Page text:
In this case specifically, award pricing is cheaper through American AAdvantage for just about all regions. For example, you can redeem 70,000 AAdvantage miles for one-way business class between the United States and Middle East, or you could go to Africa for just 75,000 miles. That’s much lower than Alaska Mileage Plan’s pricing.

I think the only circumstance under which it makes sense to book Royal Jordanian awards through Alaska Mileage Plan is if you’re going to take full advantage of the stopover, and even then it’s questionable.

For example, it could be worth booking New York to Amman to Dubai for 85,000 miles, assuming you wanted a stopover in Amman. But aside from that, the situations where you’ll get the best value through Mileage Plan are few and far between.

It’s really disappointing to see the direction Mileage Plan is taking, especially as Mileage Plan miles aren’t even easy to come by. There are no transferable points currencies that partner with Alaska.

Award pricing on Royal Jordanian isn’t great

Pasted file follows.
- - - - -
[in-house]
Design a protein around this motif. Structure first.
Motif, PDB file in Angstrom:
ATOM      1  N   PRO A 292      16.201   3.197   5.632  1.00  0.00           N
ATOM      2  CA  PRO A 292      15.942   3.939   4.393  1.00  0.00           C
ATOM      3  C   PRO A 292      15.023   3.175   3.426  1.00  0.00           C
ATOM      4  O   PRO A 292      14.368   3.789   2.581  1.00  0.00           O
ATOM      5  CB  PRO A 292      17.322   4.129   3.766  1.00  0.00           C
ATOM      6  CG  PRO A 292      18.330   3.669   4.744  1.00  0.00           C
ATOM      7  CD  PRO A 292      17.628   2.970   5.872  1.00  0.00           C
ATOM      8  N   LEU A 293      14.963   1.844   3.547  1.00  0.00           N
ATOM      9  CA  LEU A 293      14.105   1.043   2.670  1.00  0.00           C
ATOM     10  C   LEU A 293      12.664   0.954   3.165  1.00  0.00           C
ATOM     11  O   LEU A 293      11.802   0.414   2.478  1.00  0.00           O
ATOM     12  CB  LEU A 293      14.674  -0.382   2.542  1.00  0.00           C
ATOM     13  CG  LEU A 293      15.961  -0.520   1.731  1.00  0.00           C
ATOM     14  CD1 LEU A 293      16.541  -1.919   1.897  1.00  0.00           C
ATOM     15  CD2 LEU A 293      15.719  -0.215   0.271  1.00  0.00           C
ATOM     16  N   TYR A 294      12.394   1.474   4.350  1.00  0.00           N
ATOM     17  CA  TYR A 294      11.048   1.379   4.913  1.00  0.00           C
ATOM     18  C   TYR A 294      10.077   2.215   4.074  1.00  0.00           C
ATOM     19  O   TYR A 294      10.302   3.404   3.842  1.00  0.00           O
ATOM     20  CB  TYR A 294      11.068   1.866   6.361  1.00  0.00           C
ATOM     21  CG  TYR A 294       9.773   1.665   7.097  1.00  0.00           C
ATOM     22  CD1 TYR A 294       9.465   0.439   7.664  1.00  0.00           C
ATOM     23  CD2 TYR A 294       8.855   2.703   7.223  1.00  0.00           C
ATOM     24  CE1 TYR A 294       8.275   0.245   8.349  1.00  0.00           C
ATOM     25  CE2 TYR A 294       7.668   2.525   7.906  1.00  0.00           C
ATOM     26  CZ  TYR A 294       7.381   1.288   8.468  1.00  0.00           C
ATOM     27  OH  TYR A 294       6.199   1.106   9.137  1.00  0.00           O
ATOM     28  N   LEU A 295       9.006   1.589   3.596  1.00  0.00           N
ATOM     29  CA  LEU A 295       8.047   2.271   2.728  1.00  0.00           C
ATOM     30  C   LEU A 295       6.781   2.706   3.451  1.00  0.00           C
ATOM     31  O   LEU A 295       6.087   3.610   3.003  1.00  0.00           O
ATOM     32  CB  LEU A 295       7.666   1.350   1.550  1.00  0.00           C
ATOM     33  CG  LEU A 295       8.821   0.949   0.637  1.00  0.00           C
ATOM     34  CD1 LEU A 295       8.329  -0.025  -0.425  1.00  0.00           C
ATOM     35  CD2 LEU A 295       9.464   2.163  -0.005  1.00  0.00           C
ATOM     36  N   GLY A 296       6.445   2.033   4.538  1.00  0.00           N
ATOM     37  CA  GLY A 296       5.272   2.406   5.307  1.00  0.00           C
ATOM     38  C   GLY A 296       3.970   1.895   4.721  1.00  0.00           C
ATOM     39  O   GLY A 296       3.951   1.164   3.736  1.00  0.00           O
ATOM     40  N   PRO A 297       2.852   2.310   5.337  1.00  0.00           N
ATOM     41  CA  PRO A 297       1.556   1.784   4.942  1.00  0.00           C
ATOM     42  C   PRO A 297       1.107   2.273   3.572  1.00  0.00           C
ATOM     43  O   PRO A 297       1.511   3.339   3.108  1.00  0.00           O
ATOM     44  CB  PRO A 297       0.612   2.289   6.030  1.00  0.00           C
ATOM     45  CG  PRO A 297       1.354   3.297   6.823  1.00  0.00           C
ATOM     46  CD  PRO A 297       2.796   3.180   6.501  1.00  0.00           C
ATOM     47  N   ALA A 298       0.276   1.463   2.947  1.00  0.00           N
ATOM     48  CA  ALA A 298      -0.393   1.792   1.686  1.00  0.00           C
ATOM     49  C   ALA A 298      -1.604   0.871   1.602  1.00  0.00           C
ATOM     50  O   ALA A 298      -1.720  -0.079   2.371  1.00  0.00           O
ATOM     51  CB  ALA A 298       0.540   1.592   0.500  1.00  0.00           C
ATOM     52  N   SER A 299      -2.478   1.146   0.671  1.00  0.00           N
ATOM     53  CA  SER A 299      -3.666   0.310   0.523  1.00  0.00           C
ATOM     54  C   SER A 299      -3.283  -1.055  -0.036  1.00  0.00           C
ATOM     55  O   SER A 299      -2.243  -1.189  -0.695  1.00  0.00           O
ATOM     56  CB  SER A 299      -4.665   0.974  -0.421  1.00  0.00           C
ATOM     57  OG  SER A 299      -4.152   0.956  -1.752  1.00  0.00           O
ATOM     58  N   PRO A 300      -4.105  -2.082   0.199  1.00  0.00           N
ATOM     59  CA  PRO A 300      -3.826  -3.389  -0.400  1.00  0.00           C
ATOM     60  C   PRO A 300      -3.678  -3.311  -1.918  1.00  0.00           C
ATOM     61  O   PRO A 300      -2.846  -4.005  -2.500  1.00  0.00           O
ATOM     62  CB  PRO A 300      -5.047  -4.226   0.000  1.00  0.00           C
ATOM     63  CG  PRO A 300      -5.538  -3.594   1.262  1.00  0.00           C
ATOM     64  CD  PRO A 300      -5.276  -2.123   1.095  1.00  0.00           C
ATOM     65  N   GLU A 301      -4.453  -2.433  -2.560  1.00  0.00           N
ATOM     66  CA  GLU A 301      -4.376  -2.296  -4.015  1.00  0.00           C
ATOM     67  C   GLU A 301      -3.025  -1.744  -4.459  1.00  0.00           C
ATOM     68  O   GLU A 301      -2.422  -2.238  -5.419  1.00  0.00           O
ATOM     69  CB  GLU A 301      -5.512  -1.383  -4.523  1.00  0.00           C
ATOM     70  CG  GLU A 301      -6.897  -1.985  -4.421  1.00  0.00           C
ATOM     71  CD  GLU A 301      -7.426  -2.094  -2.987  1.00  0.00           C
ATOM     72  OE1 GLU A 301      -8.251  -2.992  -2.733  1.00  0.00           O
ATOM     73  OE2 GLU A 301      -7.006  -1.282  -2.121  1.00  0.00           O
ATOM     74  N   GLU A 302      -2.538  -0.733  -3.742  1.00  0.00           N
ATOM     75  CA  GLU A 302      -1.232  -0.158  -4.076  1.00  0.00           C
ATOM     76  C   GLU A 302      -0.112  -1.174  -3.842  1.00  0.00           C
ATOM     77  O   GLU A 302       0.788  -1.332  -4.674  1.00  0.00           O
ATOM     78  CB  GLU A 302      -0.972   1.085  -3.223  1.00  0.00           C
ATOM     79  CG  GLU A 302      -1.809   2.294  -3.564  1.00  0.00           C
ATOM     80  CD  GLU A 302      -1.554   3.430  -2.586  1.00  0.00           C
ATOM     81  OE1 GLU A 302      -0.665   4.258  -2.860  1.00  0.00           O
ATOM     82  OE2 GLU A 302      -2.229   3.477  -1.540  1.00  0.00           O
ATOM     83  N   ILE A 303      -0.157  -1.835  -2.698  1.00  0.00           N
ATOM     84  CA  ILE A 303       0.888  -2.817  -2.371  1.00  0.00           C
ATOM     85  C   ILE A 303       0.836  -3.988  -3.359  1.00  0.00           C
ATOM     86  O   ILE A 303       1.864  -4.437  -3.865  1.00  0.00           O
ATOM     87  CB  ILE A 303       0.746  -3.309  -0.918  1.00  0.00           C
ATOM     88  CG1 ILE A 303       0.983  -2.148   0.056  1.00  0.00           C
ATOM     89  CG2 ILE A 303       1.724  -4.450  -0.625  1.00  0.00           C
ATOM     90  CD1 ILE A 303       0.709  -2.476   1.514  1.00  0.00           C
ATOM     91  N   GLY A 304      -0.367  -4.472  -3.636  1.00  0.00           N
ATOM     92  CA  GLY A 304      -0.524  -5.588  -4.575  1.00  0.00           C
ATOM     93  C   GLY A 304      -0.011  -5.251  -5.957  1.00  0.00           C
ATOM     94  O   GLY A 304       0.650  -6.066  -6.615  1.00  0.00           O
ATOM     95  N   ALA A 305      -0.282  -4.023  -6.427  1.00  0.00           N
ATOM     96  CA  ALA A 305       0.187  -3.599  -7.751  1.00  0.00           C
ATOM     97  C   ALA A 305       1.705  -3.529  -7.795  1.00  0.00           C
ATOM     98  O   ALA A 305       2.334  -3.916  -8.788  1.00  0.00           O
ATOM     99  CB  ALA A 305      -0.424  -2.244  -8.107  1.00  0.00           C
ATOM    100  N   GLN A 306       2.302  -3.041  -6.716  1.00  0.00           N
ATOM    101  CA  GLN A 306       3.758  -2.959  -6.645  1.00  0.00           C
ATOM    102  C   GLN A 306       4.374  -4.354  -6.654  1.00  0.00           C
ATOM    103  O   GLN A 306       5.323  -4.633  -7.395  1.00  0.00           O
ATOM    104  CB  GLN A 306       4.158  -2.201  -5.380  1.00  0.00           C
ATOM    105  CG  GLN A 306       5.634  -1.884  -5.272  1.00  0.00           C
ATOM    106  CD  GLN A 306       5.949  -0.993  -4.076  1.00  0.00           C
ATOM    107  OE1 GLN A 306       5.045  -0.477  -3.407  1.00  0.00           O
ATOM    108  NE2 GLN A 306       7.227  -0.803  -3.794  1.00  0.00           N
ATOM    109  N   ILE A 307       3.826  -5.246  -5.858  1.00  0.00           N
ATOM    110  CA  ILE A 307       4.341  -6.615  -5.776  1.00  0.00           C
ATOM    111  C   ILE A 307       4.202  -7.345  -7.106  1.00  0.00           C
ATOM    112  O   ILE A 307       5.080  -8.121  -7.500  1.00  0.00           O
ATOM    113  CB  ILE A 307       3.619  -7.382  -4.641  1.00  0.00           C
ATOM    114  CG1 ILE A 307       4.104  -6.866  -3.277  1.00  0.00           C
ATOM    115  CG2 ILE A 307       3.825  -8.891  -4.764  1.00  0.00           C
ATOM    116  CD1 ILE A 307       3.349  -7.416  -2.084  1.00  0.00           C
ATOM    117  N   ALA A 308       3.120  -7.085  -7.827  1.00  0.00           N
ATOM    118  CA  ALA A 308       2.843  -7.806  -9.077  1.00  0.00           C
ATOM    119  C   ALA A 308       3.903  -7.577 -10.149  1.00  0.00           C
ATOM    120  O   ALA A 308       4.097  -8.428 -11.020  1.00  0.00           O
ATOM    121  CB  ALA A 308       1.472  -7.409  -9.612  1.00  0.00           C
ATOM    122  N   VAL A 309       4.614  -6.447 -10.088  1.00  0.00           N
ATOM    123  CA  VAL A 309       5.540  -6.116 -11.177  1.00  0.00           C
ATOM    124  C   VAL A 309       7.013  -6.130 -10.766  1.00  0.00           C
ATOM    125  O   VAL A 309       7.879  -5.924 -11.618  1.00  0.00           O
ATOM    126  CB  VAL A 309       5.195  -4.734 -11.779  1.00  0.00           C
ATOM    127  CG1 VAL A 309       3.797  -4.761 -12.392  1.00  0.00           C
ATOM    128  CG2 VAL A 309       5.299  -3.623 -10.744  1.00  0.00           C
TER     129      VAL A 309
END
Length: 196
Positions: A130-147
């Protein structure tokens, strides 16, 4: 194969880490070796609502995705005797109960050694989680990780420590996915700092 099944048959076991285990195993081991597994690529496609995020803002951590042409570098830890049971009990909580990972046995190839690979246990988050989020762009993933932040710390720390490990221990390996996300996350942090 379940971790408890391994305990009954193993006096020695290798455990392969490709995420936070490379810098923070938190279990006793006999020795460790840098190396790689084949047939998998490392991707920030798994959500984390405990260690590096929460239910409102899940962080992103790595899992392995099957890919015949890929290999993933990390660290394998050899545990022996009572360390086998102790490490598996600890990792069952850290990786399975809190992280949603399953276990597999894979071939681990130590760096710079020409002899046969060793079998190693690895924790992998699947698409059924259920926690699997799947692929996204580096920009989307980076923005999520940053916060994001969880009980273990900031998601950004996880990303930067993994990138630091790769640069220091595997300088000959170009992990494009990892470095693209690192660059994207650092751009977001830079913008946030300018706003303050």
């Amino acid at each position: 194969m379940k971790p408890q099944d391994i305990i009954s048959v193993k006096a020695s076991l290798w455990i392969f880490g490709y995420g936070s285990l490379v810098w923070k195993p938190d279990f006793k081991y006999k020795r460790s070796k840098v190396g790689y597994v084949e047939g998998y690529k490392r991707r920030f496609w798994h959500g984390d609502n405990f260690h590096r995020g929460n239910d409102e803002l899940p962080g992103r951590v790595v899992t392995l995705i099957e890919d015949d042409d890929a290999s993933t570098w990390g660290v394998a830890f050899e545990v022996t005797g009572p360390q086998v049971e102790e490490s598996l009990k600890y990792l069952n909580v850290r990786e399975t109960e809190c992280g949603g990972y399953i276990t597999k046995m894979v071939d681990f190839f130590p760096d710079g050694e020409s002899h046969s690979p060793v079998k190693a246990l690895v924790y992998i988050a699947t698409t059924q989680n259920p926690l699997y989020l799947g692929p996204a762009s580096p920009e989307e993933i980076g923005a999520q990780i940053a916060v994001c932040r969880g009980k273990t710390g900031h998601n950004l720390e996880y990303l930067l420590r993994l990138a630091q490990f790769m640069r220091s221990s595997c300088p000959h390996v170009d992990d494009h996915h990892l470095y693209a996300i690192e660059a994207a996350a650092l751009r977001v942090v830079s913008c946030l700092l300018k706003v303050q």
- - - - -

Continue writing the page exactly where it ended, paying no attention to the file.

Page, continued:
Bottom line

Alaska Mileage Plan has added awards on Royal Jordanian, and these flights can be booked on alaskaair.com. While it’s great to see Alaska continuing to add oneworld partner redemptions, the value proposition here isn’t great.

Mileage Plan has some incredible award pricing for its oldest airline partners, but the additions we’ve seen recently haven’t had good pricing at all. That doesn’t make me confident about the program’s future pricing.

What do you make of Alaska’s redemption rates on Royal Jordanian?

Conversations (16)
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  1. Nathan Guest

    I agree Ben, its sad to see the demise of Alaskan miles. They were once amazing for even Emirates FC, Cathy FC and JAL FC. I flew all three more than once with good mileage redemptions. Qatar became a bust with silly redemption rates and now it seems Jordanian is following suite. I am using what miles I have left and remembering better days. With silly surge pricing on hotels (Marriott in March) and United...